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Alcohol-Resistant Bacteria: A Rising Threat in Infections

Chris Murray
Posted on: May 10, 2019 by Chris Murray

Infection control practices are used by healthcare facilities to protect patients and staff. Most facilities have rigorous systems in place to prevent the spread of dangerous diseases, including personal protective equipment requirements, handwashing protocols, and hand sanitizing stations located in patient rooms and common areas. For many healthcare providers, a quick spray of alcohol-based hand sanitizing solution between patient encounters is deemed sufficient to kill germs. Unfortunately, the overuse of these hand sanitizers has led to the development of alcohol-resistant bacteria. Facilities that provide care for at-risk patients, such as long-term care homes and nursing homes, must implement risk management strategies to prevent the spread of infectious diseases. Risk management for these facilities includes nursing home insurance as well as staff training and infection control practices.

An Emerging Healthcare Threat: Alcohol-Resistant Bacteria

For years, healthcare providers have been aware of bacteria that are resistant to many forms of antibiotics. Over-prescription of antibiotic medications are partially responsible for the rise in these pathogens, which pose significant health threats to caregivers and patients alike. To combat these bacteria, many facilities have implemented stringent cleaning and hand sanitizing protocols, which often use alcohol-based disinfectants. While alcohol-based sanitizers have led to a substantial drop in hospital-based infections, an unintended side effect is the formation of bacteria tolerant to isopropyl or ethyl alcohol, the two most common chemicals in sanitizing solutions.

In a study conducted by researchers at the University of Melbourne in Australia and published in Science Translational Medicine, it was shown that a particular form of bacteria has become tolerant to alcohol-based sanitizers. This bacterium, Enterococcus faecium, is now the leading cause of infections acquired by patients in healthcare facility settings. E. faecium is already resistant to most forms of antibiotics and is classified by the World Health Organization (WHO) as a “superbug”. The University of Melbourne study investigated the spread of infectious pathogens. Over a 20-year period, researchers collected bacterial samples from hospitals; samples collected in the final years of the study period showed a significant increase in alcohol tolerance. While further research is needed, alcohol-resistant bacteria now pose a potentially dangerous threat in nursing facilities around the world.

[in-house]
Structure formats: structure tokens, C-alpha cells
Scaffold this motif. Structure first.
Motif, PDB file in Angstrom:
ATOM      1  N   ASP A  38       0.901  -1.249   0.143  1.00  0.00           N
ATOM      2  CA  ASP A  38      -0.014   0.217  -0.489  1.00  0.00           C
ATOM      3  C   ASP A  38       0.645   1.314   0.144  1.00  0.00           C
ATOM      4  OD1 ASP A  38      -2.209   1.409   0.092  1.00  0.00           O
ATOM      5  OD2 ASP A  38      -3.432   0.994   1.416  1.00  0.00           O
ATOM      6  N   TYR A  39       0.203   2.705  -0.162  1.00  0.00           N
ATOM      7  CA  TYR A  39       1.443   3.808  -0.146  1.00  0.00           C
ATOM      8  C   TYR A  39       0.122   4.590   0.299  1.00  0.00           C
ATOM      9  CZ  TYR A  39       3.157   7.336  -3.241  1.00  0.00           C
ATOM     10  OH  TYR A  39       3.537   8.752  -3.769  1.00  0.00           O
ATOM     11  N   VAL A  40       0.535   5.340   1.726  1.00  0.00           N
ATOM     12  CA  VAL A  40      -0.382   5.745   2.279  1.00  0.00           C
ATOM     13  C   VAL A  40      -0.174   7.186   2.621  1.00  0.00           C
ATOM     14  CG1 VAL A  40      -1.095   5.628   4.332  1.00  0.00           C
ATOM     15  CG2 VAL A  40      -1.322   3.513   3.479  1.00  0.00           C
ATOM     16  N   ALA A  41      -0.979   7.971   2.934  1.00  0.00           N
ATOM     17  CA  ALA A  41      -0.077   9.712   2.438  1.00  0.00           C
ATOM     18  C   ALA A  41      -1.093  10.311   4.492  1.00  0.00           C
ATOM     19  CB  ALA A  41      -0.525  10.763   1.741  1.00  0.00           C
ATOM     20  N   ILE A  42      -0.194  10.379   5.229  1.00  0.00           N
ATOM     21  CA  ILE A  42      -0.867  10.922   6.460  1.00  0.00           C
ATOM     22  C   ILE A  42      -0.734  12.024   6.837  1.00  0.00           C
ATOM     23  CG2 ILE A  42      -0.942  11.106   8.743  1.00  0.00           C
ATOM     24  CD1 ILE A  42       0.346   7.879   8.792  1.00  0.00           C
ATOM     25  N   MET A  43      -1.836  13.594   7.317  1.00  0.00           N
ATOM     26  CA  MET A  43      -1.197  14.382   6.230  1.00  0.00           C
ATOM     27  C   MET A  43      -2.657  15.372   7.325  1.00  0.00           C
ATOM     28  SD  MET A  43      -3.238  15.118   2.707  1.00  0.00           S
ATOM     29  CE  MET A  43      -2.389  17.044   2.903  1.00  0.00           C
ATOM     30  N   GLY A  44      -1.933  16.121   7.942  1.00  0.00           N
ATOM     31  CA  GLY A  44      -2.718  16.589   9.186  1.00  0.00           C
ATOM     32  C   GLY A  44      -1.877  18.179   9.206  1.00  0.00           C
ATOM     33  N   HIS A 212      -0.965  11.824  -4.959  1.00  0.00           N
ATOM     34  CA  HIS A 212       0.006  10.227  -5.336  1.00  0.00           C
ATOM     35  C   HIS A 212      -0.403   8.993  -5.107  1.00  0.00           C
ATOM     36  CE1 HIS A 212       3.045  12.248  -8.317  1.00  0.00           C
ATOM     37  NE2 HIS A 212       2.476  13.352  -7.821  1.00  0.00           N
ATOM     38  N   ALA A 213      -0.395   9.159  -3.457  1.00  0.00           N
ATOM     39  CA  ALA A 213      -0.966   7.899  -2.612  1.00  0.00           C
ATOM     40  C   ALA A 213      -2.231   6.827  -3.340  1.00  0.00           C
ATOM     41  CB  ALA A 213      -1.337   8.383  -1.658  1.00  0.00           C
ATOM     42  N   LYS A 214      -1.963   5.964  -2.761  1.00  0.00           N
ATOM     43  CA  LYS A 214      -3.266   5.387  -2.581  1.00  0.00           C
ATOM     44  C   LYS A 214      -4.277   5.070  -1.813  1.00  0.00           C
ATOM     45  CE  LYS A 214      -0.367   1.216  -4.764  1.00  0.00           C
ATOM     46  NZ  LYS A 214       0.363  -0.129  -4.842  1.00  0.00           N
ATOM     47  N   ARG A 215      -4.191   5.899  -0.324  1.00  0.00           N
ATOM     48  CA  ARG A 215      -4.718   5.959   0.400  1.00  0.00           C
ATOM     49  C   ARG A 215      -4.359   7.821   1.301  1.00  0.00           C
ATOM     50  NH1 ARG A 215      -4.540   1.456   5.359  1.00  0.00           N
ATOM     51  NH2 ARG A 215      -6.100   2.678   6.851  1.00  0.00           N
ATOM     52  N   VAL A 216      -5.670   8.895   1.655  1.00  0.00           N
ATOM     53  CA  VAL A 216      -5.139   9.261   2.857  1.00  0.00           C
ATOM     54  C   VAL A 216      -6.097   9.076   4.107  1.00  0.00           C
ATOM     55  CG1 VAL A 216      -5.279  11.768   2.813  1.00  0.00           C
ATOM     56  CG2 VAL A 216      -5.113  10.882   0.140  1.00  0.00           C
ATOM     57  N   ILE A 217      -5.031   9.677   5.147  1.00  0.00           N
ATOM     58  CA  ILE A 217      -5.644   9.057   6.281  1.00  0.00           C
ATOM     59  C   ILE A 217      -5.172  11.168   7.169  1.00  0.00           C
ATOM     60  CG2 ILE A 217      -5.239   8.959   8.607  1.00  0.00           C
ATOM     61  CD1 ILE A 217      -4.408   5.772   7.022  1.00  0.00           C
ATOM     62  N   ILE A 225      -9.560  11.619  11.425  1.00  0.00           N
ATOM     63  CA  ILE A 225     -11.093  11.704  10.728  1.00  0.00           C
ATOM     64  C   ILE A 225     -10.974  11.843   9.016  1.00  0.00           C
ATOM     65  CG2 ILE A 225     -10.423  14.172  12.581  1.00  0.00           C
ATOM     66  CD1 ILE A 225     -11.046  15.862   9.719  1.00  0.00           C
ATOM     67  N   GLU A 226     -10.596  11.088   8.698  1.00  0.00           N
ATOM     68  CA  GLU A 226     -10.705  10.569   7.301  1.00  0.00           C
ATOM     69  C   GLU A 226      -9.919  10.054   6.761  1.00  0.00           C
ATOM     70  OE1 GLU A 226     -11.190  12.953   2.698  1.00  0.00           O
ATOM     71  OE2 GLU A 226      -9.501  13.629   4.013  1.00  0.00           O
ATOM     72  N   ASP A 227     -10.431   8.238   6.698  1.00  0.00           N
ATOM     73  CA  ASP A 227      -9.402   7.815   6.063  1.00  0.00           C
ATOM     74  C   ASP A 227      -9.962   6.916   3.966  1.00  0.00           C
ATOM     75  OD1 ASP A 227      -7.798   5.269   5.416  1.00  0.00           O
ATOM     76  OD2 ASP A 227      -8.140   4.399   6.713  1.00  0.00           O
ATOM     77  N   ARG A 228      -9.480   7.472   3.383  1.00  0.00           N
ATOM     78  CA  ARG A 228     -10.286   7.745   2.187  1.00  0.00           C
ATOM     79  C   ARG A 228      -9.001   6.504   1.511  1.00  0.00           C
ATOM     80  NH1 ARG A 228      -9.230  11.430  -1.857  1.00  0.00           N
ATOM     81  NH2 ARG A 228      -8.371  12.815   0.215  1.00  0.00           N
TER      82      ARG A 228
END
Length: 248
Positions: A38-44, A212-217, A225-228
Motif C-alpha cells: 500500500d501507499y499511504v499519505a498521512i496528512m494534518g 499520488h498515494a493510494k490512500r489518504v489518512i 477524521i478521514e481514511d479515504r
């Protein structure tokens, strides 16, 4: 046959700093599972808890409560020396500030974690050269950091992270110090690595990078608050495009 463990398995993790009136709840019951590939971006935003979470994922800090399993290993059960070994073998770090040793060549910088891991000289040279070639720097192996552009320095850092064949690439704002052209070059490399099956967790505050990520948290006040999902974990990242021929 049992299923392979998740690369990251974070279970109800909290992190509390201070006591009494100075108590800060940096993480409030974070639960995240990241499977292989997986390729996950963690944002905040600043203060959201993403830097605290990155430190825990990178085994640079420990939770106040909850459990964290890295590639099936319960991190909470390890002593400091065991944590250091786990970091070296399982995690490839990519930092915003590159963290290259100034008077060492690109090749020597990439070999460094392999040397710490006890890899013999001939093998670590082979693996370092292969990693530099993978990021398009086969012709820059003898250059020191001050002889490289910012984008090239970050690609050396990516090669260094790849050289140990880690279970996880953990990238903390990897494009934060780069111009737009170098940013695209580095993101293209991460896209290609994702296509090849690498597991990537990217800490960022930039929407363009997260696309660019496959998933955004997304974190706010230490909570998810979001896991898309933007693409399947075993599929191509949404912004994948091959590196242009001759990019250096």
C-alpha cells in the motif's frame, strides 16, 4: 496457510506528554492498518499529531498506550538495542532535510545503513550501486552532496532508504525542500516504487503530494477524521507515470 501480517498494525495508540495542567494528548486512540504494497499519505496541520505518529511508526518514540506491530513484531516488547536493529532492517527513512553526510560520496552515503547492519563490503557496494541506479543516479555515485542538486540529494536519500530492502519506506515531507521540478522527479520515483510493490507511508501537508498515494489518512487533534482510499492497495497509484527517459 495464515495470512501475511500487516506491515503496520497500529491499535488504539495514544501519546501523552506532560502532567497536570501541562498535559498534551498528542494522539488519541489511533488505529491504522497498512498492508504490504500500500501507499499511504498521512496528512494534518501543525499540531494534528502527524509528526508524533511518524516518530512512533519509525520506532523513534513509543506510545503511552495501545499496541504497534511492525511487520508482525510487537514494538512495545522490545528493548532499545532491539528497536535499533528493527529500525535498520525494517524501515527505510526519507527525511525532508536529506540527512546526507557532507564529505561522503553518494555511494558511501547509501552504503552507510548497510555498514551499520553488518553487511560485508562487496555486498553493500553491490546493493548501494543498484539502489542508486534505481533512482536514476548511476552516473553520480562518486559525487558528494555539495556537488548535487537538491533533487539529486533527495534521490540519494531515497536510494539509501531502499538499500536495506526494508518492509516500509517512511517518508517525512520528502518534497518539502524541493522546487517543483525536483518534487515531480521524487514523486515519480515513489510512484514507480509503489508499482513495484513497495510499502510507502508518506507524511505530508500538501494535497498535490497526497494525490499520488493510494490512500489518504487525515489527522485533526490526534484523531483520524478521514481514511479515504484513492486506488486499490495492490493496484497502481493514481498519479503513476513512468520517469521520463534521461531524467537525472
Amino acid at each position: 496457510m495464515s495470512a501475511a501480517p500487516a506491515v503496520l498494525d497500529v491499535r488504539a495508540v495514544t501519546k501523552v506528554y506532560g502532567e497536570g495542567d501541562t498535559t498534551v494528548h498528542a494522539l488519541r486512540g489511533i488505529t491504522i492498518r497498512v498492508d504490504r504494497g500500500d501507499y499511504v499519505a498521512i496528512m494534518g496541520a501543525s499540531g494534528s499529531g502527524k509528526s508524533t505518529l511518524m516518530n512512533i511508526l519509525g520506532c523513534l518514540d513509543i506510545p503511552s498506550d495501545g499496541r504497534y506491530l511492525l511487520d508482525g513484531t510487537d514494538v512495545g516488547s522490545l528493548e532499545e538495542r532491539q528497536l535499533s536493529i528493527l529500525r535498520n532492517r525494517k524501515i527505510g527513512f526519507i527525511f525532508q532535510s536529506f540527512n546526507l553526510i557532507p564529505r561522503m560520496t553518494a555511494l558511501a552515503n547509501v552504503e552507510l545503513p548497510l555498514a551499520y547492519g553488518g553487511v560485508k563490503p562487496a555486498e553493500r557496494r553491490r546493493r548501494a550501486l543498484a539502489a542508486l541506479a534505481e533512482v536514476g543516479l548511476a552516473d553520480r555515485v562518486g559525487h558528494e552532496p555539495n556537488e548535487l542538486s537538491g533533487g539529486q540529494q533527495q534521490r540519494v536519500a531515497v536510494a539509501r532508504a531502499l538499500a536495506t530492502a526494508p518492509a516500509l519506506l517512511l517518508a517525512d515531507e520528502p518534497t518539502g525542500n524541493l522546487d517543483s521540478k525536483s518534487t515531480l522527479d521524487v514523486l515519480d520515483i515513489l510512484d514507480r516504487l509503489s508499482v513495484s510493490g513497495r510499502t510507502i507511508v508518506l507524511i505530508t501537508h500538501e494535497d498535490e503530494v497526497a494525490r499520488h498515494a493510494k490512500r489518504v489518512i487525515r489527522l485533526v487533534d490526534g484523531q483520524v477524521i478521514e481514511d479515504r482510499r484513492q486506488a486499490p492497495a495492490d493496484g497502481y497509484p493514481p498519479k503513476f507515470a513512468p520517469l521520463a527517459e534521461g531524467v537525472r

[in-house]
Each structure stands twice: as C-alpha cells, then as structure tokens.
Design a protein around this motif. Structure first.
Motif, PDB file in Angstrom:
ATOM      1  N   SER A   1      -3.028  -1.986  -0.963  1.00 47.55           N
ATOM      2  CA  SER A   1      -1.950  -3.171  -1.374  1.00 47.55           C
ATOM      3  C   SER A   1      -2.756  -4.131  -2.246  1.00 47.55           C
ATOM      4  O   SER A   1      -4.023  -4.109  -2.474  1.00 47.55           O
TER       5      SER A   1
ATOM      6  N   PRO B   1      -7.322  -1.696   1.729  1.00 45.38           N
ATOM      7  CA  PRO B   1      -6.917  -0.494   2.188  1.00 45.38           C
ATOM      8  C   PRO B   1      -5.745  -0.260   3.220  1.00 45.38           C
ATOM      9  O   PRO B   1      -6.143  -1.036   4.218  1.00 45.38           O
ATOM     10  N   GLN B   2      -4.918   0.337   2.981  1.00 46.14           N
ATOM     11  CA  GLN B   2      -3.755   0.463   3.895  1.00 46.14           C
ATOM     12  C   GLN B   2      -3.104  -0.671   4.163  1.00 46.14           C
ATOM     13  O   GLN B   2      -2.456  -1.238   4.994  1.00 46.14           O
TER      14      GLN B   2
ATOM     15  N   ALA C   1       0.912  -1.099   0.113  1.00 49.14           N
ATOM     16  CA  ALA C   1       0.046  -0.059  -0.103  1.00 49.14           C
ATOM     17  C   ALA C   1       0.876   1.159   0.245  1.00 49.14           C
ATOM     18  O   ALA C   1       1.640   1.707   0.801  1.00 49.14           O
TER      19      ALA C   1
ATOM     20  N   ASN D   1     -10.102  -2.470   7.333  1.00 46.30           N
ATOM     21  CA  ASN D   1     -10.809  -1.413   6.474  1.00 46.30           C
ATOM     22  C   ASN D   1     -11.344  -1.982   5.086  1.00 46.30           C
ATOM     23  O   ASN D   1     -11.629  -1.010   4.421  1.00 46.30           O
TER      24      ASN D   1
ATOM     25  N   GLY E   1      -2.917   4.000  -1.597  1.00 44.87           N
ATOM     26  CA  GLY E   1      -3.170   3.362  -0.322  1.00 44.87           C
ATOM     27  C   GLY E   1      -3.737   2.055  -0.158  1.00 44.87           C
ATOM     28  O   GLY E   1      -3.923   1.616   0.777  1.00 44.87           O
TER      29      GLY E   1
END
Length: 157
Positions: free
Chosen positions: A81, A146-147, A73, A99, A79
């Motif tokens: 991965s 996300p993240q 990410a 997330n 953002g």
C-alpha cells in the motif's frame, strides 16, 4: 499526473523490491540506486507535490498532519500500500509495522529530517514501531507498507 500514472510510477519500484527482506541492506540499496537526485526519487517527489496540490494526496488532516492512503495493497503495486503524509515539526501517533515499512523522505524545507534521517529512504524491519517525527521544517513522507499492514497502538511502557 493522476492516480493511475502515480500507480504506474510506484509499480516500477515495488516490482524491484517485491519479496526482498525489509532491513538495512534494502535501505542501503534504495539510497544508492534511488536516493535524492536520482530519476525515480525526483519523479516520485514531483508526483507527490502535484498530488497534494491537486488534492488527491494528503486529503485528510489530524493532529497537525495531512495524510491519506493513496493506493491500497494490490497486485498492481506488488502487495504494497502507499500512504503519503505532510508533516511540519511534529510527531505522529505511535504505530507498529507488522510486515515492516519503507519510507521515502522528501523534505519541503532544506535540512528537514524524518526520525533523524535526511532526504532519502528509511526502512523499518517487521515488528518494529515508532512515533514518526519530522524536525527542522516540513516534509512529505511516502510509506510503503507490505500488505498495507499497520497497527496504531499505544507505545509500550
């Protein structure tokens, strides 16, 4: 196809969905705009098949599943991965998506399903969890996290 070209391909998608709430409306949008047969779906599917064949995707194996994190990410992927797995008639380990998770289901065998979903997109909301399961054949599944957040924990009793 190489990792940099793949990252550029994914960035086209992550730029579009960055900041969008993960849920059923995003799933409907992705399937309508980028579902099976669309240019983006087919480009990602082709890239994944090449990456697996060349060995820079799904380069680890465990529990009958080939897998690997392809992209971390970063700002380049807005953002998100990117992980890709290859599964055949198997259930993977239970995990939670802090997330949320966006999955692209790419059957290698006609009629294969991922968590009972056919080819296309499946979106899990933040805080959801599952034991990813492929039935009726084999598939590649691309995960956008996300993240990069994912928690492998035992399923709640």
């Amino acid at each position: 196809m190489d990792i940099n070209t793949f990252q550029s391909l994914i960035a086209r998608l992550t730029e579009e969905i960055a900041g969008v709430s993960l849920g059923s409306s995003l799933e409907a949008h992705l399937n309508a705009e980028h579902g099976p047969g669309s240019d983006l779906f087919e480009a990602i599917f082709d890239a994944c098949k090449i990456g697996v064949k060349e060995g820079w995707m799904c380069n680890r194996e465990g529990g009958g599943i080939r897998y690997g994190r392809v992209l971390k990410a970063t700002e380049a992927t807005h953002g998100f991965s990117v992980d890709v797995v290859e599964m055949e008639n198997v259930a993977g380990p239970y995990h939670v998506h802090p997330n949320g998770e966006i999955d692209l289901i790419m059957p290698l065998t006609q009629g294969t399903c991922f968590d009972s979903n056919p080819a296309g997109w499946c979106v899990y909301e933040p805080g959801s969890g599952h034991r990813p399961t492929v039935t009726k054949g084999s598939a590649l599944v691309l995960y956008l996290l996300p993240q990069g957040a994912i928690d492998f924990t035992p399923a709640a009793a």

Risk Management for Nursing Homes

Most nursing home facilities specialize in providing care to the elderly, who are especially susceptible to infectious diseases. Frequent transfers between nursing homes and hospitals or other care facilities have partially led to the spread of pathogens in these facilities, and as such represent significant risks for the health and wellbeing of elderly patients.

Risk management begins with nursing home insurance. This specialized form of insurance is designed to protect facilities, their staff members, and their patients from liability risks. Nursing home insurance is of vital importance to care facilities. Additional steps can protect facilities and the people who rely on them for care. These steps include adopting antibiotic best practices, which have been developed by medical researchers to mitigate the overuse of these medications in controlling infections. Healthcare facilities must continue rigorous cleaning and hand-sanitizing procedures to help control the spread of dangerous diseases. While many bacteria have become resistant to common sanitizing solutions, cleaning and handwashing protocols remain as the most effective means of preventing the spread of pathogens. Finally, ongoing training in infection control practices for caregivers and support staff is paramount; with regular training, caregivers can receive the latest information and techniques for protecting the patients who rely on compassionate and safe care in nursing home facilities.

About Caitlin Morgan

Caitlin Morgan specializes in insuring assisted living facilities and nursing homes and can assist you in providing insurance and risk management services for this niche market. Give us a call to learn more about our programs at 877.226.1027.

Posted in: blog Nursing Home